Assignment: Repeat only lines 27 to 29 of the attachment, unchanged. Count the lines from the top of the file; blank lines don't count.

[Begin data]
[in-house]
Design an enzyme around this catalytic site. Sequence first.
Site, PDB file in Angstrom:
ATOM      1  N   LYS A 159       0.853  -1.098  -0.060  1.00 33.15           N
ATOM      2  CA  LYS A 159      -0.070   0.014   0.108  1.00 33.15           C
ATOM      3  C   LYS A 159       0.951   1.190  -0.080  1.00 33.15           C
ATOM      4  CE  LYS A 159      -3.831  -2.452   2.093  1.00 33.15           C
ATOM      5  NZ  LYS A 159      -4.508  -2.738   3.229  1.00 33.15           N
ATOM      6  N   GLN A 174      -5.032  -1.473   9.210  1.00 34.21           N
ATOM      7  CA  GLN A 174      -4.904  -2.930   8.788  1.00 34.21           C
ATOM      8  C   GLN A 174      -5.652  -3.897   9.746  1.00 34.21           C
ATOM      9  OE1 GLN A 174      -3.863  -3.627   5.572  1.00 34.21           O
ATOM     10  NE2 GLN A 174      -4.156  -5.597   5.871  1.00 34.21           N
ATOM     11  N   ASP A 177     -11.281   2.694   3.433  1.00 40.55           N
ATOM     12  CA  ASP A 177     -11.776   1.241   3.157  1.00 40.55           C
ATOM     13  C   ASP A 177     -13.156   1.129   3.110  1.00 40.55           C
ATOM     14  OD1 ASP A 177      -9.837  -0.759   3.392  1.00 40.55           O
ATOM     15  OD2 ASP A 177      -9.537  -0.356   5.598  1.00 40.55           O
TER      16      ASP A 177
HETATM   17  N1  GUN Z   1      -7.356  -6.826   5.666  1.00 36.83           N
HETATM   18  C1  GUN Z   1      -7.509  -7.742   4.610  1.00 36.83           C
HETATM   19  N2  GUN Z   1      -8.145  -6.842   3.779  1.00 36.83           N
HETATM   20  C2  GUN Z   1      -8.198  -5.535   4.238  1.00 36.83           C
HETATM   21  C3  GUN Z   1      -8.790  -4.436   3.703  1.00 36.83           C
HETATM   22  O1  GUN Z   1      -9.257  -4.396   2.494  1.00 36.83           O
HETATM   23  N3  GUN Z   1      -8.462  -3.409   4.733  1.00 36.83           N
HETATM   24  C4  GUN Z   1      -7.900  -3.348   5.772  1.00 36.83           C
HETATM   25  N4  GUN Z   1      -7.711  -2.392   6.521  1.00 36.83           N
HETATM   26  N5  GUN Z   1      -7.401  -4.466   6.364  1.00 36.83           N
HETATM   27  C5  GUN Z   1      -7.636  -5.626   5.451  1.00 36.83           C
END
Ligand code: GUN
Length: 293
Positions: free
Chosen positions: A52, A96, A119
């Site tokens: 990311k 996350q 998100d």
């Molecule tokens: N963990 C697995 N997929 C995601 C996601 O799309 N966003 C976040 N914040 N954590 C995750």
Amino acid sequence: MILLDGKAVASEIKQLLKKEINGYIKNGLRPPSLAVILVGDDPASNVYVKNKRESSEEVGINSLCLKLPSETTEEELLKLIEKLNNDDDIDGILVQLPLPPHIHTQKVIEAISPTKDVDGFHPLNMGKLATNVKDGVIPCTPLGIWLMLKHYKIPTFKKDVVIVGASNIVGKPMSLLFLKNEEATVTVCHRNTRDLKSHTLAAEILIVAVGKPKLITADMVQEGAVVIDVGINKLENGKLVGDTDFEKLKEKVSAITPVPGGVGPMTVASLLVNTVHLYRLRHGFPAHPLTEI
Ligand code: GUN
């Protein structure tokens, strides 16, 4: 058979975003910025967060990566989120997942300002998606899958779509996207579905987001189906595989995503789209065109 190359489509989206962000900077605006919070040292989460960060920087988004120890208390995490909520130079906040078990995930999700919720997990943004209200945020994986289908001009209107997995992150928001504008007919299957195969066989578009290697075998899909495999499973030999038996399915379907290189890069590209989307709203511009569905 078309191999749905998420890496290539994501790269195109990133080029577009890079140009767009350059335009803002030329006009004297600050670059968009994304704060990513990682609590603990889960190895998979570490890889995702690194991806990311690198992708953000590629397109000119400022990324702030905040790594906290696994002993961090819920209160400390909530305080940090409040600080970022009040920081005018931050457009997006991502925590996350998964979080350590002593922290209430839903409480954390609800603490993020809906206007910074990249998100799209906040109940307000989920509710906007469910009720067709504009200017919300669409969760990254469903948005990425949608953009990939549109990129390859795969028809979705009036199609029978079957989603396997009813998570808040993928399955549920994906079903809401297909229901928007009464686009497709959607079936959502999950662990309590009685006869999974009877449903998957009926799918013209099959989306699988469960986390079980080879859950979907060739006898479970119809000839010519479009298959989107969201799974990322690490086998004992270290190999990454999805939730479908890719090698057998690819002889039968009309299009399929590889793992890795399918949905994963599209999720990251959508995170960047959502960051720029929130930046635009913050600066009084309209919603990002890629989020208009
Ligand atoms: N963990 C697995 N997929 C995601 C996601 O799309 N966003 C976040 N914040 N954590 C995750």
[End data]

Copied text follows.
HETATM   24  C4  GUN Z   1      -7.900  -3.348   5.772  1.00 36.83           C
HETATM   25  N4  GUN Z   1      -7.711  -2.392   6.521  1.00 36.83           N
HETATM   26  N5  GUN Z   1      -7.401  -4.466   6.364  1.00 36.83           N